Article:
|picture via Lee Wardlaw|
The Ten R's of Revision
You’ve written an entire chapter book in one month. That’s huge.
Revel in your accomplishment. Well done!
Take a nap. Take two naps. You need a little R & R to Refuel and Refresh your creative juices.
Put your manuscript on ice. It needs time to cool. Don’t look at it for at least two weeks. Three is better. Four is best. An editor will read it cold. So you need to, too.
Print out your manuscript, grab paper and pencil, settle into a comfy chair, and read. Avoid revising – instead, make notes on your characters, plot, pacing, conflict, setting, point of view, etc., that might need work.
Ignore the Internal Critic who uses Reproach and Ridicule to convince you this is The World’s Worst Novel, and that you might as well just give up now. (This is a rough draft. Of course it stinks! But you’re going to make it better. Trust me.)
6. Repeat #4
Re-read your manuscript again. Did you notice anything else that needs work? (Bet you did!)
At last – time to revise! Be Ruthless. Rearrange scenes, Restructure the plot, Remove or Replace characters, Raise the stakes, Re-check your facts (maybe do more Research), etc.
8. Read Aloud
Re-read your manuscript again, chapter by chapter – but this time, read it out loud. Does your story flow – or stumble? Are you boring yourself? Time to Raise the stakes again! Do your characters sound Realistic? If not, delve deeper into their minds. Does every scene, sentence, and bit of dialogue further the plot in some way? If not, chuck it. Use Reason, not emotion. Never keep something just because it’s a beautiful piece of writing.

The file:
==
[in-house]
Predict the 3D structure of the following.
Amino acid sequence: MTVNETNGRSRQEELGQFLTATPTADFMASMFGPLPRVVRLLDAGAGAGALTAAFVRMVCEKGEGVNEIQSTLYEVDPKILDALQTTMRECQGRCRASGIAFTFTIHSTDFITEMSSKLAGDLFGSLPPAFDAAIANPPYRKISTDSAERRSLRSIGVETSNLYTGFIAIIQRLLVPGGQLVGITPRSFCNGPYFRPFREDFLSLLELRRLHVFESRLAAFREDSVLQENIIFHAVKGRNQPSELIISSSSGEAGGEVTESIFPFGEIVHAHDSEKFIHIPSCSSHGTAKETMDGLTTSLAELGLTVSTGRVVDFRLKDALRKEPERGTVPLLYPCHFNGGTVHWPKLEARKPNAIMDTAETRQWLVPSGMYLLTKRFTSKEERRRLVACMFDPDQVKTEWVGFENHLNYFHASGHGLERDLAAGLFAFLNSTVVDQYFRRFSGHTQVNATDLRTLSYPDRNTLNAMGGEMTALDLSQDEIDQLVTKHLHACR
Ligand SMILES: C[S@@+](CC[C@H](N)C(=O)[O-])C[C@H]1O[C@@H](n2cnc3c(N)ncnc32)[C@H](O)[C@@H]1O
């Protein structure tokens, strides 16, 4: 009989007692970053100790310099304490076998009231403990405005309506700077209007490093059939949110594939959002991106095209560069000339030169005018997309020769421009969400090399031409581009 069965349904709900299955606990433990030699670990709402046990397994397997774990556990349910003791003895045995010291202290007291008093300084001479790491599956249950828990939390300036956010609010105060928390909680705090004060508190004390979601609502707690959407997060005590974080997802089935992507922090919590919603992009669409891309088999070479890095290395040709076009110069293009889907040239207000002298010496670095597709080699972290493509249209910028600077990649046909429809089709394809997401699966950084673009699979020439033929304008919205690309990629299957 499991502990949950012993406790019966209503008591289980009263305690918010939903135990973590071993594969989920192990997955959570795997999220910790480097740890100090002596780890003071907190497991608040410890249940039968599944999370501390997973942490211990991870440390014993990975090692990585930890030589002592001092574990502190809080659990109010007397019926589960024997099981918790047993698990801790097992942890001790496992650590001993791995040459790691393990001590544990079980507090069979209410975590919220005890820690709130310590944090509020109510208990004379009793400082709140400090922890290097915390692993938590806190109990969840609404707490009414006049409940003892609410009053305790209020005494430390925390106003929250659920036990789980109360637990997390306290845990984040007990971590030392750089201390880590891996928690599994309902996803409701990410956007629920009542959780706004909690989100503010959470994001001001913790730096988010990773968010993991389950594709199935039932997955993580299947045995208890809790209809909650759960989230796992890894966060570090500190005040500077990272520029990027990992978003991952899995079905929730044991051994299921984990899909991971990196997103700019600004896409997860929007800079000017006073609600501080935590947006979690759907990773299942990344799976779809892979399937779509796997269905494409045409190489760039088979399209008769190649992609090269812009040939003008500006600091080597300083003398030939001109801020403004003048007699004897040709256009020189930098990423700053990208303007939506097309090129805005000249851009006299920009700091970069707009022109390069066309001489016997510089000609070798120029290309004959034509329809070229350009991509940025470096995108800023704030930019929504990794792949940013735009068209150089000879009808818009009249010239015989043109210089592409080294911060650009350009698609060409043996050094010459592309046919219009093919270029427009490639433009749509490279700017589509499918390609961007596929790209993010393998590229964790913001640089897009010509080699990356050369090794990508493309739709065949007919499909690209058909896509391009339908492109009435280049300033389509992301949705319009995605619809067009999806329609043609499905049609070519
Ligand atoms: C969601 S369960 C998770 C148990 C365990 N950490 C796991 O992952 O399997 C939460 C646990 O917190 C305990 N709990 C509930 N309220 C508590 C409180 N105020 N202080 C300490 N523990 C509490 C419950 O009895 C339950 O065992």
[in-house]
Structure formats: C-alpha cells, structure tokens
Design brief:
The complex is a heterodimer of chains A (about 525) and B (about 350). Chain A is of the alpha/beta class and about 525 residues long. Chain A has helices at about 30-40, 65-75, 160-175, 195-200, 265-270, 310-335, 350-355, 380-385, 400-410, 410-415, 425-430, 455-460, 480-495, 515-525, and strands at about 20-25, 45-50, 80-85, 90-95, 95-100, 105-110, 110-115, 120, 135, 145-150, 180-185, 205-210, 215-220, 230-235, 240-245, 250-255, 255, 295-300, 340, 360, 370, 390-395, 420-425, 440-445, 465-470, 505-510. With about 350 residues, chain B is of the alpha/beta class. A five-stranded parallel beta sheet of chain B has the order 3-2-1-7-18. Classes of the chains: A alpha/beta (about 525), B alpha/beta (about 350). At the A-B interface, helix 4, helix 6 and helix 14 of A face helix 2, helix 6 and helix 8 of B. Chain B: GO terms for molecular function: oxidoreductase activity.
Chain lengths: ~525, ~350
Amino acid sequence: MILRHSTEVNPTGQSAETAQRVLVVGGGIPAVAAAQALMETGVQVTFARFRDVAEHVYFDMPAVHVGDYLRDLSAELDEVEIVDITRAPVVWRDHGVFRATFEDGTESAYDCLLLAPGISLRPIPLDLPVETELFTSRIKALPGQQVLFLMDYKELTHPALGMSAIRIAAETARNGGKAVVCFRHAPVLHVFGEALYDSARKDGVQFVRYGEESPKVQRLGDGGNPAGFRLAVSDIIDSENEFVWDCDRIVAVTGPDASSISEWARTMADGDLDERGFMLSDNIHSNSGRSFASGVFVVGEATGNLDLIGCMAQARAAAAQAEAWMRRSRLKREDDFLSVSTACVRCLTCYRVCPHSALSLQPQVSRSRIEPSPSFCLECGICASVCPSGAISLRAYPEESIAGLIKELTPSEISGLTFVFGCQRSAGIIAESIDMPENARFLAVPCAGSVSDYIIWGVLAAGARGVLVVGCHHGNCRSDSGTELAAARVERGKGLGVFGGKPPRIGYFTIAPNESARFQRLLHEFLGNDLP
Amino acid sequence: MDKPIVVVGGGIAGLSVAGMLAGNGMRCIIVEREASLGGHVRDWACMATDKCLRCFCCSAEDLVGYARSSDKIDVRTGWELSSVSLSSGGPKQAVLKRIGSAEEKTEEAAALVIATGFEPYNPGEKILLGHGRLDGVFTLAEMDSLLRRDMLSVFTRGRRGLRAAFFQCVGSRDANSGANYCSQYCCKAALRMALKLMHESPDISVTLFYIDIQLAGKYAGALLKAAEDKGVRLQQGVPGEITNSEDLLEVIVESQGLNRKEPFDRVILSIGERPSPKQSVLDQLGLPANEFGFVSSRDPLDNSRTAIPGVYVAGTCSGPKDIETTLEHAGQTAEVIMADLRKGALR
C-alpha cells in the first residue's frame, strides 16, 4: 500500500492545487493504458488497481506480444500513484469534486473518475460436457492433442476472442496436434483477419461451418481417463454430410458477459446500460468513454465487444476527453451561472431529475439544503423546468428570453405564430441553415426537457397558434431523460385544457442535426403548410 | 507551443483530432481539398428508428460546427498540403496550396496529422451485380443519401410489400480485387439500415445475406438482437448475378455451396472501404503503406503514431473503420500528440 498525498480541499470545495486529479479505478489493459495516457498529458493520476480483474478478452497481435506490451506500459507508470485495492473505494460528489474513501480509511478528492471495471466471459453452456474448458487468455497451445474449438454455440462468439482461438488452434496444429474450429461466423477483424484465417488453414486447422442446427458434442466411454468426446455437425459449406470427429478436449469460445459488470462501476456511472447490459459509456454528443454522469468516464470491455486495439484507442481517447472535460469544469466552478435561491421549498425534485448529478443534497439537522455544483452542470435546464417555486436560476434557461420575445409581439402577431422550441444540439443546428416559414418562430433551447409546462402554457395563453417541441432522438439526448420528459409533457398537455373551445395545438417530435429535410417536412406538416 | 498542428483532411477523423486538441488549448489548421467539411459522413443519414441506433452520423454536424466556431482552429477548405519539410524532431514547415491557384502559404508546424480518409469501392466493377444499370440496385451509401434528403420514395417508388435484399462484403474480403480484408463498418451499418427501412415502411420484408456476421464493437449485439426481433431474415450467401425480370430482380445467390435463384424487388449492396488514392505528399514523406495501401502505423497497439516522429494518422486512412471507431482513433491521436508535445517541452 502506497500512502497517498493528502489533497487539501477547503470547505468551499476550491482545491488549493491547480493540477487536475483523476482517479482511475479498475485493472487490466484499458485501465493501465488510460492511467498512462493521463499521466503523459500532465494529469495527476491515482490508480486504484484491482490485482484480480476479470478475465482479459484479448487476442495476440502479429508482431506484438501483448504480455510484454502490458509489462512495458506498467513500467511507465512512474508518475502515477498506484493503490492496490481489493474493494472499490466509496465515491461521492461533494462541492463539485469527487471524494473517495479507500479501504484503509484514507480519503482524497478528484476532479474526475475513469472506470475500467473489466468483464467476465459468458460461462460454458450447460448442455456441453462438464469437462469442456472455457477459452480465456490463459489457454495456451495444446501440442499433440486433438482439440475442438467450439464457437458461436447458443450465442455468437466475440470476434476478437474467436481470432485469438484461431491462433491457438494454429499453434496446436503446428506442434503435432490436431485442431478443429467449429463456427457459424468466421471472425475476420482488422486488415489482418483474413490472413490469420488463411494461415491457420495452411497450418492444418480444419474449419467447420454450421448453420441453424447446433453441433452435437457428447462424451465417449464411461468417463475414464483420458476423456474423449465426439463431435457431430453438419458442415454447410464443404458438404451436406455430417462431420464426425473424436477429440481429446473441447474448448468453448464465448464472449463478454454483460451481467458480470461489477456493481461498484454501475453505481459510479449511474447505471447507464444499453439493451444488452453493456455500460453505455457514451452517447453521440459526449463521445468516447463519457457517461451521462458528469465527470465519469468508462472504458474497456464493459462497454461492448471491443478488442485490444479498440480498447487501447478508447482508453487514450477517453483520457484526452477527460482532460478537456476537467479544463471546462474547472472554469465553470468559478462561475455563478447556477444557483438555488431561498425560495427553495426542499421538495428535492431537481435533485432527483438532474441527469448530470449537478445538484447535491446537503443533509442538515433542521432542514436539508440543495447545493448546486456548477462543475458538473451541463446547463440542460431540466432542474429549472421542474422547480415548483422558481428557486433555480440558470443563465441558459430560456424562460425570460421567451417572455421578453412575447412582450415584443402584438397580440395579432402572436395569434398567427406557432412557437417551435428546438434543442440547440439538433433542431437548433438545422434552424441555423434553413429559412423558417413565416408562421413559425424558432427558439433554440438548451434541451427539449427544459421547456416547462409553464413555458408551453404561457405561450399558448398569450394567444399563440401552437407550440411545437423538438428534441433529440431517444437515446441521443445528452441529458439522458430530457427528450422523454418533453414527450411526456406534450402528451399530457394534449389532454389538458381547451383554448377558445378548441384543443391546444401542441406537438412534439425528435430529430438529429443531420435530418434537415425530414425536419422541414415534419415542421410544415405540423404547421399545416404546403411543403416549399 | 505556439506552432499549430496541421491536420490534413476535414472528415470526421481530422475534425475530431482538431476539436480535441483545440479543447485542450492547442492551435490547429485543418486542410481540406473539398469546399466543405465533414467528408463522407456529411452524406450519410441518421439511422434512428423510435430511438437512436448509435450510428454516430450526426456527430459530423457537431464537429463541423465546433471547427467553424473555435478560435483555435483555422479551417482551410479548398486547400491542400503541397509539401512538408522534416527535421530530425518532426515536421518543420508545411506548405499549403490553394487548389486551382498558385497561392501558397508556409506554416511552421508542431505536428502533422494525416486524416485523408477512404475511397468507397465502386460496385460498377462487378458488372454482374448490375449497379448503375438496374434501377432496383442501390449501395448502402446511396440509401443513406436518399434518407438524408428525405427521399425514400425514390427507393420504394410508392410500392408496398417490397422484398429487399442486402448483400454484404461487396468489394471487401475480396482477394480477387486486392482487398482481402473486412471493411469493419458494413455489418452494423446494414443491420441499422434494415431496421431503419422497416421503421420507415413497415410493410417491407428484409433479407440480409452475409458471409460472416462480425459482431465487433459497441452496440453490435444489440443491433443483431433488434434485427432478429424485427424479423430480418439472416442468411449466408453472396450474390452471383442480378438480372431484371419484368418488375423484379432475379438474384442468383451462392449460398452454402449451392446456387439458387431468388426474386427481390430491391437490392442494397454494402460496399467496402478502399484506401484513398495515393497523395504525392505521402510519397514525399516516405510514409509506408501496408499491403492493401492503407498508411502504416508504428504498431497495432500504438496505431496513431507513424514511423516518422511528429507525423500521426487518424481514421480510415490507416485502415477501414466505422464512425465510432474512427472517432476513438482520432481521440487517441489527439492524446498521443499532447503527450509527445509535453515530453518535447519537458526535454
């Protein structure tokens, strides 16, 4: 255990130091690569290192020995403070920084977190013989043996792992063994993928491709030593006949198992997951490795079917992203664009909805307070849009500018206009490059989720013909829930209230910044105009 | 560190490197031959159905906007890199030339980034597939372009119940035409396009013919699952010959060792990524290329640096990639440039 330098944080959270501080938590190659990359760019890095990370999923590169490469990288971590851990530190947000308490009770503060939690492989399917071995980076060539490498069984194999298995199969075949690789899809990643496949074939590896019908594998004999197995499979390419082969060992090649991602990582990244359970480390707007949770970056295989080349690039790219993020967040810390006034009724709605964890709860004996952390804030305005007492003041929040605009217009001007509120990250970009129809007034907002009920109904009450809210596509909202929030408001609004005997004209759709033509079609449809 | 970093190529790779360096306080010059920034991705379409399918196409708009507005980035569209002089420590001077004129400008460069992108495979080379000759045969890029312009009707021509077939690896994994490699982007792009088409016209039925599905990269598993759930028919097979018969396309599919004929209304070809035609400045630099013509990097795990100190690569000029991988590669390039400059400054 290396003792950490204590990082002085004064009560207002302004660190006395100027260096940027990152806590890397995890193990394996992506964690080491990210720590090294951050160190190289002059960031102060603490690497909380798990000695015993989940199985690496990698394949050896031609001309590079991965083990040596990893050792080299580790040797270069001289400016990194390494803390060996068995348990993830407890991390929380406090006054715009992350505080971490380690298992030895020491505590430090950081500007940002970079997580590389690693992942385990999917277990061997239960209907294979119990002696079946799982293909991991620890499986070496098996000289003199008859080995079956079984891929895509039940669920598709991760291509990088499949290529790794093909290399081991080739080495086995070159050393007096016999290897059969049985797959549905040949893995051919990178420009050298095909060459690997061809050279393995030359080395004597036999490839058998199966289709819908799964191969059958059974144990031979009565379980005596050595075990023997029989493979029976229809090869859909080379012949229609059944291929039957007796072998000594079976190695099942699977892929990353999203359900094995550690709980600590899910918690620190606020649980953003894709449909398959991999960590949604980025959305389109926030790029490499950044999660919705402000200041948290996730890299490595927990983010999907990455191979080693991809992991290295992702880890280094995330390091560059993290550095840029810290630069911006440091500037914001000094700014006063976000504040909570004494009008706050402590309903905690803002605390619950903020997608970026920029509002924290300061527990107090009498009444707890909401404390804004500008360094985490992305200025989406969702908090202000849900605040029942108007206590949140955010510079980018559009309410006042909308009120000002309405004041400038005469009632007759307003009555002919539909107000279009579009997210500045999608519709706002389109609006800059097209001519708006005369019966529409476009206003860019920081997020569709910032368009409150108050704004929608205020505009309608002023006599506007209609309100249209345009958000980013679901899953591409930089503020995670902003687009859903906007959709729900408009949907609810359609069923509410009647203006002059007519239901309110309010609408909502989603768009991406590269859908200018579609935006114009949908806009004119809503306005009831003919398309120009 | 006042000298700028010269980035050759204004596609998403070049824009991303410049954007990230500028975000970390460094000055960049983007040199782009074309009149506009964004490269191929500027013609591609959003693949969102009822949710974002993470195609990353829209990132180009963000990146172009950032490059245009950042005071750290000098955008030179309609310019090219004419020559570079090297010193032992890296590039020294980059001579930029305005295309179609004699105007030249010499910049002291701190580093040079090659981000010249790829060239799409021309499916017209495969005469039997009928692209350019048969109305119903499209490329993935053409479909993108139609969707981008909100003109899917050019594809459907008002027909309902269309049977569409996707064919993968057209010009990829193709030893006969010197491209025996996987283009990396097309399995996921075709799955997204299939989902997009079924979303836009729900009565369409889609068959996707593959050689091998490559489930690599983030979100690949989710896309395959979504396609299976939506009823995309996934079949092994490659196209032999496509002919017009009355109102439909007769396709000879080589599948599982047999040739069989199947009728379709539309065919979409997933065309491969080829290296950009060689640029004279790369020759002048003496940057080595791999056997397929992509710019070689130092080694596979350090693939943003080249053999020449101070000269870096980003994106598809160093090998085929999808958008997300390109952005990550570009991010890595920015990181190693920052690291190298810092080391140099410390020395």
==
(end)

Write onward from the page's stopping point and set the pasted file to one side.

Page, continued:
I know you’re tired. Hang in there. You’re almost finished. Just one or two (or three) more read-throughs…
At last – the revision is finished. Celebrate – and submit! (The manuscript, that is.)
BONUS R: ‘RITE!
Time’s up! Get back in your chair and write another chapter book!
About the author
Lee Wardlaw swears that her first spoken word was 'kitty'. Since then, she's shared her life with 30 cats (not all at the same time!) and published 30 books for children, tweens, and teens, which have sold more than a million copies world wide. Her newest novel, 101 Ways to Bug Your Friends and Enemies (Puffin and Scholastic, ages 10-14), the third book in her popular 101 Ways to Bug...series, received the National Forward Literature Award for Humor; her picture book Won Ton - A Cat Tale Told in Haiku (Holt, ages 5 and up), illustrated by Eugene Yelchin, was the recipient of 40 awards and honors, including the Lee Bennett Hopkins Poetry Award, the Myra Cohn Livingston Poetry Award, and the SCBWI Crystal Kite Award. Won Ton and Chopstick - A Cat and Dog Tale Told in Haiku, a companion title to Won Ton, was released earlier this month. Lee lives in Santa Barbara with her family. To learn more about her and her books, visit: http://www.leewardlaw.com
Today's give-away is a copy of "You Can Write Children's Books Workbook" by Tracey E. Dils. If you are a signed-up member of the challenge, all you need to do to be entered to win is to comment on this post on the blog. Winners will be chosen by a random number generator by noon on March 31st and announced on the same day.
Give-away for ChaBooCha Jr. members
If you have signed up as an under-16 member of the challenge, you can enter a give-away for a copy of "Writing Advice for Teens" by Mike Kalmbach. Just leave a comment on this post on the blog to enter. If you are using the e-mail/account of a parent who is also a member of the challenge, please leave the name you signed up for ChaBooCha Jr. under in your comment. Winners will be chosen by a random number generator by noon on March 31st and announced on the same day. You must be signed up for ChaBooCha Jr or ChaBooCha and be under 16 to qualify.